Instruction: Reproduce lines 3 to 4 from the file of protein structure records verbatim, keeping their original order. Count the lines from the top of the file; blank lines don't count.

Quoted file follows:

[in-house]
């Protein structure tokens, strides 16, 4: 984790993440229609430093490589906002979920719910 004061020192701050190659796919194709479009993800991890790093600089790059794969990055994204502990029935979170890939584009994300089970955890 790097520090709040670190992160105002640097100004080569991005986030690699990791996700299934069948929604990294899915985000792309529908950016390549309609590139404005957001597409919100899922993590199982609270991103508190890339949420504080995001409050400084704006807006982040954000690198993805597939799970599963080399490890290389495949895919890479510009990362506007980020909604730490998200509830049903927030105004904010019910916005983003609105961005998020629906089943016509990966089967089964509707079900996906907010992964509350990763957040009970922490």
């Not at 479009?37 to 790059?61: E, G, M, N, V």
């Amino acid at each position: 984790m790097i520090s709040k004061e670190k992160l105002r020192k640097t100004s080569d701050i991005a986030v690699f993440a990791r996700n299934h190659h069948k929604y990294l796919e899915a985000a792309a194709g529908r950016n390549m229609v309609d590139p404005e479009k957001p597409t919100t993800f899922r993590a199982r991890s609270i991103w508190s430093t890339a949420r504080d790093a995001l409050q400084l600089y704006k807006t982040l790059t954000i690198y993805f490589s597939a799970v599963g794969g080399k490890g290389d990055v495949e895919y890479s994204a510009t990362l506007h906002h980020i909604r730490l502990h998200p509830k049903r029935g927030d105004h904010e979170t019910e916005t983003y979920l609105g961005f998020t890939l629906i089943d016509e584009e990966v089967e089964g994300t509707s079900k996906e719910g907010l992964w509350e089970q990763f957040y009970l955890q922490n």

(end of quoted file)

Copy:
């Not at 479009?37 to 790059?61: E, G, M, N, V």
């Amino acid at each position: 984790m790097i520090s709040k004061e670190k992160l105002r020192k640097t100004s080569d701050i991005a986030v690699f993440a990791r996700n299934h190659h069948k929604y990294l796919e899915a985000a792309a194709g529908r950016n390549m229609v309609d590139p404005e479009k957001p597409t919100t993800f899922r993590a199982r991890s609270i991103w508190s430093t890339a949420r504080d790093a995001l409050q400084l600089y704006k807006t982040l790059t954000i690198y993805f490589s597939a799970v599963g794969g080399k490890g290389d990055v495949e895919y890479s994204a510009t990362l506007h906002h980020i909604r730490l502990h998200p509830k049903r029935g927030d105004h904010e979170t019910e916005t983003y979920l609105g961005f998020t890939l629906i089943d016509e584009e990966v089967e089964g994300t509707s079900k996906e719910g907010l992964w509350e089970q990763f957040y009970l955890q922490n």